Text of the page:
The Color of a Christmas MiracleBy: Julianne MacLean
A Color of Heaven Novel
It’s Christmas Eve, nearly midnight, and I am on my knees in the snow, praying for a miracle.
To be honest, I have been praying for this miracle every day for the past few years, but never quite like this. This is different. This time, I would really love for things to work out. Not just for my own sake, but for my husband’s, because he is the kindest, most generous and compassionate soul I’ve ever known. He deserves this gift, and I would love for him to receive it.
So I could really use your help.
Let me assure you, I am not asking for a handout. I am not the type of person to feel sorry for myself or expect good things to simply fall into my lap because I prayed for them. To the contrary, I am a realist, and I’ve learned how to pick myself up and dust myself off when I get knocked down—and I’ve been knocked down quite a bit in this life. But I’ve always had faith that everything will work out in the end, exactly as it’s meant to—as long as I am willing to do my share and never lose hope.
So I will ask again….
Say a prayer for me tonight. I am a good person, and so is everyone else involved in this. I may not always have felt that way. I might have been angry and judgmental about certain people who caused me pain recently, but the situation has changed.
I have changed.
Although I suppose it would help if you knew what, exactly, you were praying for. Or rather, what I am praying for.
So let me rewind a bit and tell you where I am tonight, and how I came to be here.
Merry Christmas, by the way. I hope all of your dreams come true, and that this is the best Christmas ever. For all of us.
It’s rather remarkable, don’t you think, that so many of us can enter adulthood believing that most roads ahead will be straightforward, and that we will step onto a straight path in pursuit of our dreams, and everything will go according to plan.
I don’t know why in the world I embraced this idea, considering the fact that I’d been thrown some curveballs in my childhood—curveballs that resulted in heartbreak and loss. Maybe I believed that—because I’d already suffered so much disappointment in my younger years—the odds would be in my favor moving forward.
Or maybe I was able to cling to this surprising sense of optimism because my childhood hadn’t always been difficult. The early formative years had, in fact, been rather wonderful. For the first twelve years of my life, my younger sister Bev and I were fortunate enough to have been blessed with a loving family—which included two responsible parents who adored us and taught us how to be good people, how to always be considerate of others and place value on family and community. They treated us like angels, and we were as close as any family could be. Our cozy little home in a small, friendly town in rural Nova Scotia was a happy one, full of laughter and love. Bev and I never wanted for anything.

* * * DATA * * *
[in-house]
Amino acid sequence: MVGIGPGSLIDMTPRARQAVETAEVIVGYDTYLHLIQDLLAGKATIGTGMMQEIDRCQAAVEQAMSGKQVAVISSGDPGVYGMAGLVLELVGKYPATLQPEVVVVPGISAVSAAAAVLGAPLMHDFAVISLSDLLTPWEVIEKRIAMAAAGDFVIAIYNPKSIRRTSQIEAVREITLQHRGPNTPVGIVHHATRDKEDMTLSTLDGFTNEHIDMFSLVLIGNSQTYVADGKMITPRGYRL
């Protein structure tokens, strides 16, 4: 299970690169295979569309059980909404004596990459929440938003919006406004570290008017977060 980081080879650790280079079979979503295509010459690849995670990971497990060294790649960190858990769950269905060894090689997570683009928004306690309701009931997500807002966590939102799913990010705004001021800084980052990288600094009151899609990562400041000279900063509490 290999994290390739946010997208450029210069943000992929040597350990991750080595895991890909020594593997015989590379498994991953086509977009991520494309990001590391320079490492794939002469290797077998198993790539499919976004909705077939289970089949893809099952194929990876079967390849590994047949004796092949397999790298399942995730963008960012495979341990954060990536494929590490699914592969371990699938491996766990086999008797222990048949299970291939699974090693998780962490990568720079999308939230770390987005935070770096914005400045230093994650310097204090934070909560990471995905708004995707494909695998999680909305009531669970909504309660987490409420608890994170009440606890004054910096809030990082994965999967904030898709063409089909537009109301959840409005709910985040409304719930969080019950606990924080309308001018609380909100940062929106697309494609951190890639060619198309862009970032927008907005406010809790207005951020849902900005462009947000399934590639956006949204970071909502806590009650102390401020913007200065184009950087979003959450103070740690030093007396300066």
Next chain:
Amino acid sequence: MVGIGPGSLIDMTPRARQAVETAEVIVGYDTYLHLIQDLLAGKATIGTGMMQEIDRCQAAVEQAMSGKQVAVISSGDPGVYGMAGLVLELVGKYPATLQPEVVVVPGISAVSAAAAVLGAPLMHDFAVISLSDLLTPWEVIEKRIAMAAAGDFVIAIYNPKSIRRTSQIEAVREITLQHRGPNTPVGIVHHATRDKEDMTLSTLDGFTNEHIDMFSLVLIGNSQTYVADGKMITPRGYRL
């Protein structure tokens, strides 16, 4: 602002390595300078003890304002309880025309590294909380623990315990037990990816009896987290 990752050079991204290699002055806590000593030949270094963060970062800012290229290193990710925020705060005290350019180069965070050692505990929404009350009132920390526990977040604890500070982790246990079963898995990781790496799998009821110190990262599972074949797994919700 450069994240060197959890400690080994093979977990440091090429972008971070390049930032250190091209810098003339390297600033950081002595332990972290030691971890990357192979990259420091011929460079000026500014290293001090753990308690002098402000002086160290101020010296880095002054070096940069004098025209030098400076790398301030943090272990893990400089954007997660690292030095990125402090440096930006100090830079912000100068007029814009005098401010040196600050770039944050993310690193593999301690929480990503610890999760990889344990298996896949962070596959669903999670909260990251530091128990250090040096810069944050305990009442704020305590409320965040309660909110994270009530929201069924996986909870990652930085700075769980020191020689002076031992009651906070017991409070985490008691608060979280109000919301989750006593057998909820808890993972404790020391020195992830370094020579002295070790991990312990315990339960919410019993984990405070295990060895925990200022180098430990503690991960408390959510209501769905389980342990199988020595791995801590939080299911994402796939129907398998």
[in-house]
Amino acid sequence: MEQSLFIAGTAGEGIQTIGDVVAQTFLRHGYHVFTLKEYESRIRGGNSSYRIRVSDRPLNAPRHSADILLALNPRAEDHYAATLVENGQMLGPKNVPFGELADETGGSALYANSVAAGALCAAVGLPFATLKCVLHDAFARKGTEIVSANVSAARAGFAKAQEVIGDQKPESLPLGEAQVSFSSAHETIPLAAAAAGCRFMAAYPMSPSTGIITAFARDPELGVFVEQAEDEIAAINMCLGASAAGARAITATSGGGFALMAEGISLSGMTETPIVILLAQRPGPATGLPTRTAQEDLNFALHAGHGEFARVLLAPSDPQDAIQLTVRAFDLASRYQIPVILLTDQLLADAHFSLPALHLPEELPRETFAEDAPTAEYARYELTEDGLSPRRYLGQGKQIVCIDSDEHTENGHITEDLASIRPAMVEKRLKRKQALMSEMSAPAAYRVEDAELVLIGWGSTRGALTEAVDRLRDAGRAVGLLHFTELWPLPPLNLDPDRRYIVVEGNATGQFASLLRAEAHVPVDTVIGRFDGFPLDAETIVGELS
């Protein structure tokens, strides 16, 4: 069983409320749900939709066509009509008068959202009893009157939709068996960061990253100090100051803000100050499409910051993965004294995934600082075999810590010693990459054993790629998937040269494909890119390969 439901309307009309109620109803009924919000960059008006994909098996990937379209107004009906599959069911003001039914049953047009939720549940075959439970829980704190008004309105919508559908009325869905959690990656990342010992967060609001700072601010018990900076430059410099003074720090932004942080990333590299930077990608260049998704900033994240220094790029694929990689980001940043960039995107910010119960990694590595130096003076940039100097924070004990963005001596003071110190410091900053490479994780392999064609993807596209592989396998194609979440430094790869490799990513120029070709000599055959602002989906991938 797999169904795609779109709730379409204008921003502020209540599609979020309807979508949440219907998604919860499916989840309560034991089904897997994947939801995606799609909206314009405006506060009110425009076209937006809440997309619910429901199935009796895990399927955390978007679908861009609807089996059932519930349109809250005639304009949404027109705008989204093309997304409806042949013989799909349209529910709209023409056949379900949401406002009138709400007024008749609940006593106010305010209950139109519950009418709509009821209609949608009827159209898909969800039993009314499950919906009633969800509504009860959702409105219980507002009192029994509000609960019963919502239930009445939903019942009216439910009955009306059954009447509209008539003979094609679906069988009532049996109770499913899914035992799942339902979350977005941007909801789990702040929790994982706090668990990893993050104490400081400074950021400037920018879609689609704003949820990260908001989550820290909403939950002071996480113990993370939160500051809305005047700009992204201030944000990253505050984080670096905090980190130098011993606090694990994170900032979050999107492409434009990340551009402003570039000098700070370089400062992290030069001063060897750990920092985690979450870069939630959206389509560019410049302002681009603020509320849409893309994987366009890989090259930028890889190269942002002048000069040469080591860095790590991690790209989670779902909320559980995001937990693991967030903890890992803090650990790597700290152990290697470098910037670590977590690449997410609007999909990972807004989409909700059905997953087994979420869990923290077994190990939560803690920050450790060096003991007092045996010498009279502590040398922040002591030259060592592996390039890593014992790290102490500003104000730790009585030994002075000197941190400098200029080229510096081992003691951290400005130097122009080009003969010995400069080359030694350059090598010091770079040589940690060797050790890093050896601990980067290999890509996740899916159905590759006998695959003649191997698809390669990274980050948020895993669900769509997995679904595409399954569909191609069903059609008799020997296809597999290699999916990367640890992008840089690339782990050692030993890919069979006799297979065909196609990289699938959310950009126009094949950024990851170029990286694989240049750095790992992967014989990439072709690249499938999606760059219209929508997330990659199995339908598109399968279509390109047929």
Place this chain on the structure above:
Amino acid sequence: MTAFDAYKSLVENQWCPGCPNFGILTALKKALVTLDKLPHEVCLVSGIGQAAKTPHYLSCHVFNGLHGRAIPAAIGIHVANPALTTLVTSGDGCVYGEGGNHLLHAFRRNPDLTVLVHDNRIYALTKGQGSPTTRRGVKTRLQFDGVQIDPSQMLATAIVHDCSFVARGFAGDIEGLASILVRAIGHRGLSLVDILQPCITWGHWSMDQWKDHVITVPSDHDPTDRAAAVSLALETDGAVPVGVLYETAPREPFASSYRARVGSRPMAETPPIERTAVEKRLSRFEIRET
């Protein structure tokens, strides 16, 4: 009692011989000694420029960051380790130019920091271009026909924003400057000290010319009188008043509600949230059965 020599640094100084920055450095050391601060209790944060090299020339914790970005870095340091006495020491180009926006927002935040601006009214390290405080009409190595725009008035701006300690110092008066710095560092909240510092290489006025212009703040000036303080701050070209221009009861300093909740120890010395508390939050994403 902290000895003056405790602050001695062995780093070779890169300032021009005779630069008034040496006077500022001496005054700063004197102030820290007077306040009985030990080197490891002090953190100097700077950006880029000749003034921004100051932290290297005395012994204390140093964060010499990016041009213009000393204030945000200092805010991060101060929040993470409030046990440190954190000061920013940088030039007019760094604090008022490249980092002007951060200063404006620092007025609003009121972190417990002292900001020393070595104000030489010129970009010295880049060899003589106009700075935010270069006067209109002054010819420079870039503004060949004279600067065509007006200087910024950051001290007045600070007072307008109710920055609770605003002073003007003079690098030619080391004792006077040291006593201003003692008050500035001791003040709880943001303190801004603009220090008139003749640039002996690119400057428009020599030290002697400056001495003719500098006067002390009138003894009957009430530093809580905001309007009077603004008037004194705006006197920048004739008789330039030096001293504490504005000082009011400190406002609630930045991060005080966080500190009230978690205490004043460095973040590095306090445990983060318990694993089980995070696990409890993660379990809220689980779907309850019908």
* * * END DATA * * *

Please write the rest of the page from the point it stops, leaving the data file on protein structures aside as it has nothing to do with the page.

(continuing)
But then it all came crashing down one day when I was twelve and my father went outside to trim the hedge while Bev and I played in the sprinkler. He slipped and fell into the ditch and impaled himself on the clippers. My mother called an ambulance, but my father died before he reached the hospital. He was only thirty-six.
We were all traumatized and devastated, especially my mother who had called him her ‘knight in shining armor.’ They had been together since the eighth grade and he was the only man she had ever loved.
Suddenly, she was alone without the love of her life to help her raise her two grief-stricken daughters. That first year was full of pain, anger and tears, and over the next few years, we struggled financially. My mother—who had never worked a day in her life—took a waitressing job to support us. Sadly, it wasn’t enough to get by on and we eventually sold our cozy little home in a tree-lined neighborhood and moved to a less desirable part of town. Life was never quite the same after that.
Though my mother strove to be strong for Bev and me, I knew how broken she was on the inside. My father’s death left a gaping hole in her heart, and she was dismayed by the loss of him.
Sometimes she cried in her bedroom at night when she thought Bev and I were asleep. Whenever I heard her sorrow, I tiptoed to her room and crawled into bed with her, and held her close to comfort her. Bev would come in, too, and we would comfort each other.
I had loved my father with all my heart and soul. He taught me how to ride a bicycle, how to swim, how to build a campfire, and all the other things fathers do for their daughters—which I didn’t appreciate nearly enough when he was alive. I was simply too young to contemplate the possibility that he might be taken from me, violently and without warning.